View Full Version : Insomnia

28th Jul 2011, 09:08
so here I am, a few days off, and can't sleep. It's now just after 5AM and I've been awake for about 3 hours :{. With no sign that I was going to get to sleep anytime soon thought I'd log on to see if anyone has any good tips for me, thanks

28th Jul 2011, 09:29
Get severly drunk:ok:

28th Jul 2011, 11:05
could be part of the problem, lunchtime drink (yesterday) usually = afternoon nap. So not as tired overnight maybe :hmm:

28th Jul 2011, 11:08
tech log forum ?

or try the EASA FTL revisions proposals, it'll send you right off.

28th Jul 2011, 11:28
generally a good idea, particularly anything technical, just didn't work this time :(.

28th Jul 2011, 13:43
One of my gambits to counter insomnia is to have a speech programme on the radio turned-down so that you have to struggle to hear it (earphones help).
Mustn't be loud enough so that it might wake you!

Another is to have a small snack (I usually choose buttered crackers - not the salted ones). Sometimes I'm asleep before I finish the snack!

Reading something of poor content, such as a magazine or newspaper - not a gripping novel - sometimes works for me.

28th Jul 2011, 13:57
Could be the unconscious excitement of having a few days off
and all the (non-work) goodies it offers - shagging whenever
you want, eating what and when you want, going out (or just
staying in) doing what you want to do.

Its like a work day is just a wasted day, a day off is meant to
do things that are worthwhile and this unconscionable feeling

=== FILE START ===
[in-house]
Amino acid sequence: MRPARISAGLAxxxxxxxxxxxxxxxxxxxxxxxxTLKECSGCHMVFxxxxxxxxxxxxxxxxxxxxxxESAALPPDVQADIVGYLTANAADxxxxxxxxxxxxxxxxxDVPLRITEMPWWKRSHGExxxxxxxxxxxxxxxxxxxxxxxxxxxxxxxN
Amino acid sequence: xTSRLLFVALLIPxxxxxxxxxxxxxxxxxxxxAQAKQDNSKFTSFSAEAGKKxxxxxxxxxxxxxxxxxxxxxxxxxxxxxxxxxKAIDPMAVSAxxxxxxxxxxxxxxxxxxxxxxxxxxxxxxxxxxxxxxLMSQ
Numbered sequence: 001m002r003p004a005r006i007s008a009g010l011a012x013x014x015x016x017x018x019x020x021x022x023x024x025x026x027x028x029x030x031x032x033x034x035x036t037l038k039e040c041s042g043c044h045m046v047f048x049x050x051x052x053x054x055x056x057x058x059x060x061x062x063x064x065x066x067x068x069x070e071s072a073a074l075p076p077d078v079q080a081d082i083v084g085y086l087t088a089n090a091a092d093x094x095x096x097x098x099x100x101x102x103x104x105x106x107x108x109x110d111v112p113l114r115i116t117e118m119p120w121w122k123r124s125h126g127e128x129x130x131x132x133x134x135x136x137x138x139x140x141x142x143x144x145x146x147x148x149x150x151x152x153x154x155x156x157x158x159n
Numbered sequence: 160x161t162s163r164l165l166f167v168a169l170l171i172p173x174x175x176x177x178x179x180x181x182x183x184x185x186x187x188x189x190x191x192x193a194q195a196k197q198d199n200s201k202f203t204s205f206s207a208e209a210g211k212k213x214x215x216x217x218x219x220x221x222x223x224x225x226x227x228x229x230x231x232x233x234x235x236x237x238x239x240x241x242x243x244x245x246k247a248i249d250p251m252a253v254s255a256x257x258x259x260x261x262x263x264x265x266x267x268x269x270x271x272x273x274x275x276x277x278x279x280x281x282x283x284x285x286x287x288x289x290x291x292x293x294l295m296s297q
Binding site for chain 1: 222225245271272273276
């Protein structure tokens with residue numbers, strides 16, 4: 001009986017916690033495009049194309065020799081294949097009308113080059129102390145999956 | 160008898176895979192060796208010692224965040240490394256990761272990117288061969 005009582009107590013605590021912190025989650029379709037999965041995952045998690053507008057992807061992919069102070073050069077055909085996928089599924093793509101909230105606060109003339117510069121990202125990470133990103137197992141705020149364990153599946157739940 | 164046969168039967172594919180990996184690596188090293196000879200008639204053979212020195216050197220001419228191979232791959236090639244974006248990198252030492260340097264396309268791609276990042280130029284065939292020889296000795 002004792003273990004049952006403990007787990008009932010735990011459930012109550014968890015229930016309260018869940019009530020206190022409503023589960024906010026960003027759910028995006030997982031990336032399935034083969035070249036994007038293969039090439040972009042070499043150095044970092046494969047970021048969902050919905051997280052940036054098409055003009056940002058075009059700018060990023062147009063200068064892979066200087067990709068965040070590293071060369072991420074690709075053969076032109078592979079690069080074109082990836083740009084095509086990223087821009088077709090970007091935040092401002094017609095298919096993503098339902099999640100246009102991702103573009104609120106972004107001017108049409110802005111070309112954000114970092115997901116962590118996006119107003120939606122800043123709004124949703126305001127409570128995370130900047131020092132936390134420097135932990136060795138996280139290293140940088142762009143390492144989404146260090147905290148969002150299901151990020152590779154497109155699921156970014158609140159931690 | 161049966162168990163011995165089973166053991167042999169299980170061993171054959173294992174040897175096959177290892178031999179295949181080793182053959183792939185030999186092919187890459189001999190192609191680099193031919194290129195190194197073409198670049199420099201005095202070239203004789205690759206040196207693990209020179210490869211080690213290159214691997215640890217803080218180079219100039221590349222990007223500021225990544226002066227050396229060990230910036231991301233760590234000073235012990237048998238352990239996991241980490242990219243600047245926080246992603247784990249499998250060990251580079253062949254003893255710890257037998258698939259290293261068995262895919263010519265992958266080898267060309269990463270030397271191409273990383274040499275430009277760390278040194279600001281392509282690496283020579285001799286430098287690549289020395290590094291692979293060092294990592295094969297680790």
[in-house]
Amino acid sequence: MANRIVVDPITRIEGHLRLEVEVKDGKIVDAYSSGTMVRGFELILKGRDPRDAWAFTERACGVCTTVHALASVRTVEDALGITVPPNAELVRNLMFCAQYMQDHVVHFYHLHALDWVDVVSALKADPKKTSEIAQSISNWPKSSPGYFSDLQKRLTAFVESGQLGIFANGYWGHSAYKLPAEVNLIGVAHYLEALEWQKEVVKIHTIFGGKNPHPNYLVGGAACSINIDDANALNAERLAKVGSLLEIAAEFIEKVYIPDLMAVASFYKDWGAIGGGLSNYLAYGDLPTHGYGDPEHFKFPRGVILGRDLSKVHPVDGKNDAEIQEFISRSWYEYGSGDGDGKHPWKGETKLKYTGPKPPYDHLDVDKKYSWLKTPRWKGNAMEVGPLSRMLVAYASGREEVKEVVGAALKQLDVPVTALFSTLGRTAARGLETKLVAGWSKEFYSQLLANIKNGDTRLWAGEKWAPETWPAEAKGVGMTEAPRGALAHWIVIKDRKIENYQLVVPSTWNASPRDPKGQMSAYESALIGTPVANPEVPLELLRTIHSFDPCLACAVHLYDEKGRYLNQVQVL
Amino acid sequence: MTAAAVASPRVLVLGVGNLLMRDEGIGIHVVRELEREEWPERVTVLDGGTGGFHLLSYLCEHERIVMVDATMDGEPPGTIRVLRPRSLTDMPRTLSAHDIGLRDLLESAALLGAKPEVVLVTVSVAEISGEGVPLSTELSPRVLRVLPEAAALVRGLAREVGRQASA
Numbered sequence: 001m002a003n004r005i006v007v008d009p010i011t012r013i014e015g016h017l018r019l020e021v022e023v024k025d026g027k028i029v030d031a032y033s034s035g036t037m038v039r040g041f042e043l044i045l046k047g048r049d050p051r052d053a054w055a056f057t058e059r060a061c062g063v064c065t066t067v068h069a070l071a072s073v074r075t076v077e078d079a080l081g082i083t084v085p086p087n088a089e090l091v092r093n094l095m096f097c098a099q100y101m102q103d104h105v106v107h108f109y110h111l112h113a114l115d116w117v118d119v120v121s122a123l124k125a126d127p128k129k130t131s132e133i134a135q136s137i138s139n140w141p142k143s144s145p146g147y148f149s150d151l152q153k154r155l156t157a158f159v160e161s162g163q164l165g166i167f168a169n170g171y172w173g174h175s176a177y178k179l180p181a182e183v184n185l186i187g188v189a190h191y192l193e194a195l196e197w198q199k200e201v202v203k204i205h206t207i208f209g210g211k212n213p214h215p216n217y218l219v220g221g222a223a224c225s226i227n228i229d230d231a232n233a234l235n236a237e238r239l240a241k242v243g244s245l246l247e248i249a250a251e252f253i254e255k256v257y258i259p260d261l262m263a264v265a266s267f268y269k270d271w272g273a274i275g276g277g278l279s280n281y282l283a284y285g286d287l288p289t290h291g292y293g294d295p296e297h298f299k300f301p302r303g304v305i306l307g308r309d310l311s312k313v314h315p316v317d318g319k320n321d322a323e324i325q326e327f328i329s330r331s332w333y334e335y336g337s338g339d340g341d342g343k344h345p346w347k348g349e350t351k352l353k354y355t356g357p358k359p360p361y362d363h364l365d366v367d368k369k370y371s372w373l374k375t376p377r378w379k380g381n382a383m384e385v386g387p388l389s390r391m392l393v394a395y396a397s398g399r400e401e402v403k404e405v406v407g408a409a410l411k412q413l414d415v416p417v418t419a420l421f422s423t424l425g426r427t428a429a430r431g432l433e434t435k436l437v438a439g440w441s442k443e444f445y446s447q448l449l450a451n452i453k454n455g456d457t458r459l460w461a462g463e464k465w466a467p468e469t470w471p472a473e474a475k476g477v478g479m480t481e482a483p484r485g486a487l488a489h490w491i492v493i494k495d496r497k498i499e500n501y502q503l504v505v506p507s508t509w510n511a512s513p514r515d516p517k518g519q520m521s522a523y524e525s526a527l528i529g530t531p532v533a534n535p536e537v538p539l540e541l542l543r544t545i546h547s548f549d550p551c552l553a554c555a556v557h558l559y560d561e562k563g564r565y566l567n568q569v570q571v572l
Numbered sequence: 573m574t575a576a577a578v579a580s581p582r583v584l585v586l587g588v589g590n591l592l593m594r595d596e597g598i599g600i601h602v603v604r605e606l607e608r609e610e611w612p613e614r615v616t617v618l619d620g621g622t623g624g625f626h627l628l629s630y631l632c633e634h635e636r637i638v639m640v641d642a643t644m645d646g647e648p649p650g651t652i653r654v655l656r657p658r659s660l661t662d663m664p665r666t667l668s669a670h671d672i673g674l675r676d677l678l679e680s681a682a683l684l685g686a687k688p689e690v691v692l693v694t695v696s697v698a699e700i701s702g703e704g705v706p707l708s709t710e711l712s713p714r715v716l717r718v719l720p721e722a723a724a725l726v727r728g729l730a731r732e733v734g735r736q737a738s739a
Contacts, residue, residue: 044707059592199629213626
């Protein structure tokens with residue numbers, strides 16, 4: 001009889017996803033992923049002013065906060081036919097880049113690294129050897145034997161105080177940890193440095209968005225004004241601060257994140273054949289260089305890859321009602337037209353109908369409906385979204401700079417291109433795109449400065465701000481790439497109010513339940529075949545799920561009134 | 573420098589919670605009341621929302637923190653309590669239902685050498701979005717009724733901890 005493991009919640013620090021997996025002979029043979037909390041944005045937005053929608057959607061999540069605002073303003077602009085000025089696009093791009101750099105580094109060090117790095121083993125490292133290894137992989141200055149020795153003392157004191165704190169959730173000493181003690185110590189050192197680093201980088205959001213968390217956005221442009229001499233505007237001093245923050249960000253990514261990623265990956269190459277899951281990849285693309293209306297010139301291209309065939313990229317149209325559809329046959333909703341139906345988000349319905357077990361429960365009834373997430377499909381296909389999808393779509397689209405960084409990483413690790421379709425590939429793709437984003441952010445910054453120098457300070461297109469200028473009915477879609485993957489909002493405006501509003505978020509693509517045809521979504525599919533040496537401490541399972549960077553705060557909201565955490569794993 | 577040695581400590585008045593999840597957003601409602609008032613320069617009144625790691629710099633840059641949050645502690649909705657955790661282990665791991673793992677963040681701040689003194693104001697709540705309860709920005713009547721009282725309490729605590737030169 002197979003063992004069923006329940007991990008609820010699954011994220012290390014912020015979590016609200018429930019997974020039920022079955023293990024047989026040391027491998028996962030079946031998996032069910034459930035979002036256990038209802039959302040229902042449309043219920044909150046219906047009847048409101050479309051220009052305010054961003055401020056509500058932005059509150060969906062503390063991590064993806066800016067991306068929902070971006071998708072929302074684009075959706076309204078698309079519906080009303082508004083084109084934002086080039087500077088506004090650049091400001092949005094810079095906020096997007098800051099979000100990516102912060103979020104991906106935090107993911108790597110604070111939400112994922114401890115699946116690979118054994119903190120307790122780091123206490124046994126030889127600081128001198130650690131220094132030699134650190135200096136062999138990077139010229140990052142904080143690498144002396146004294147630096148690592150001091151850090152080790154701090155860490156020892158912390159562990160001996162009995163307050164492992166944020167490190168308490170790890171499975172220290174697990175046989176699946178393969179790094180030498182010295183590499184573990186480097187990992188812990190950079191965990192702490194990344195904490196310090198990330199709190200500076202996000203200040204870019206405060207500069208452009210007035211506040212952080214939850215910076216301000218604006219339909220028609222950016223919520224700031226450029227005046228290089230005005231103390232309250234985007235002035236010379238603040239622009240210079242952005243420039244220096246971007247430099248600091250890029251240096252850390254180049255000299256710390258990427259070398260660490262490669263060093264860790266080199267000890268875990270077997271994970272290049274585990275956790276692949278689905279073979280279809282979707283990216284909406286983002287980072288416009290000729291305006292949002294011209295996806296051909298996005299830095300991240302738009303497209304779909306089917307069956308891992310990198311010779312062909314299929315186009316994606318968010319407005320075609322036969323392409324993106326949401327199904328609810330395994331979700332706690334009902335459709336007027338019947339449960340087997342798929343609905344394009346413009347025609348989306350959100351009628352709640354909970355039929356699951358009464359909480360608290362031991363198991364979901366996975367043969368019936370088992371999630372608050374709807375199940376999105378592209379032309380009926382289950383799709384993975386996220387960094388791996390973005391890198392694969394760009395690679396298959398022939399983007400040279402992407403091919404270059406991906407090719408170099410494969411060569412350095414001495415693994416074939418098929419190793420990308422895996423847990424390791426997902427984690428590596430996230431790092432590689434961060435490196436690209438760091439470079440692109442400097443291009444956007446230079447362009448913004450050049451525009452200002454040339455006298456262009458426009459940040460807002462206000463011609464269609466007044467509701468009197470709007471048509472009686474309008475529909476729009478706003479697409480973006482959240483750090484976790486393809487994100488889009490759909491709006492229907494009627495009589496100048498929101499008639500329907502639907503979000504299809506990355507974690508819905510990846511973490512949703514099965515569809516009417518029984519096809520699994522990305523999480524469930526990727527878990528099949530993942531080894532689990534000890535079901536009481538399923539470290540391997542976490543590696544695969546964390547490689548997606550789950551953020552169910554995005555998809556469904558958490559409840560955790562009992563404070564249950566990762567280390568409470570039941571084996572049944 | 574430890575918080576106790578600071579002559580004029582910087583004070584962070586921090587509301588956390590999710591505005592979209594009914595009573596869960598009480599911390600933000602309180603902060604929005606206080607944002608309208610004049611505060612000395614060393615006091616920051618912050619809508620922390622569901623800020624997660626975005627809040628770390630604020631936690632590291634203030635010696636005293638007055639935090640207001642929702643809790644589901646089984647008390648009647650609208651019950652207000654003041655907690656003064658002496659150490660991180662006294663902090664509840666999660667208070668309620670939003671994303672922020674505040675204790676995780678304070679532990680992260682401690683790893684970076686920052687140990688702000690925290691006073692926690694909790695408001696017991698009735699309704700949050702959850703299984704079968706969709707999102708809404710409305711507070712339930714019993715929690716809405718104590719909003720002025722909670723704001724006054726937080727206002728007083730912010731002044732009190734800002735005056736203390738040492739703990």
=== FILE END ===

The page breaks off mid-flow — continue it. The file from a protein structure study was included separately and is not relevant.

that sleep is a waste. Happens to me sometimes.

28th Jul 2011, 14:32
just didn't work this time http://images.ibsrv.net/ibsrv/res/src:www.pprune.org/get/images/smilies/sowee.gif.

tried booking an escort with a nice rack ?

29th Jul 2011, 01:26
I was told the worst thing you can do is lie there and fret about it. Lying in a quiet, darkened room at a reasonable temperaure is about 75% as restful as actual sleep.

29th Jul 2011, 02:14
Well I am lucky enough to have the "never fail" solution. Being a golfer I just start at the beginning of my last round and remember the playing of each shot in turn and seldom get beyond half a dozen holes. I couldn't play for four months due to a trapped nerve in my left shoulder so had no last round to remember for a while. I substituted an imaginary round on a local course which I hate, playing each hole in a perfect par. That worked even better and I never reached the sixth hole. So, you doubters, now you know that golf really is worthwhile!

29th Jul 2011, 02:26
I wish I had a remedy - most nights I have so much rubbish on my mind from the office that I cannot get to sleep, and I cannot stay asleep as I wake up in the middle of the night thinking about the problems I am having with the idiots back at HO.

Sometimes it's just "get absolutely drunk and pass out" that works.

Ancient Observer
29th Jul 2011, 12:14
" EASA FTL revisions proposals"

er, does that mean that someone outside the belgrano has actually read them?

29th Jul 2011, 12:31
does that mean that someone outside the belgrano has actually read them?

As if we would.
We normal humans have more important things to do, like Slasher said.

29th Jul 2011, 14:01
With these light mornings I also used to wake up too early, so I started to wear an eye mask which, for me, did the trick. I now get woken up by the alarm.

29th Jul 2011, 21:32
Sleep hygiene and avoiding rebound alertness could be yor best friend... http://www.ntw.nhs.uk/pic/leaflets/Sleeping%20Problems%20A4%202010.pdf

mr fish
29th Jul 2011, 21:53
EASTENDER omnibus will sort you out!!!!

oh, if not out cold after about 45 mins you may "selfharm":eek:

29th Jul 2011, 22:11
Heres how you do it. Remember this for the rest of your life.

Shut yer peepers. turn the light off first!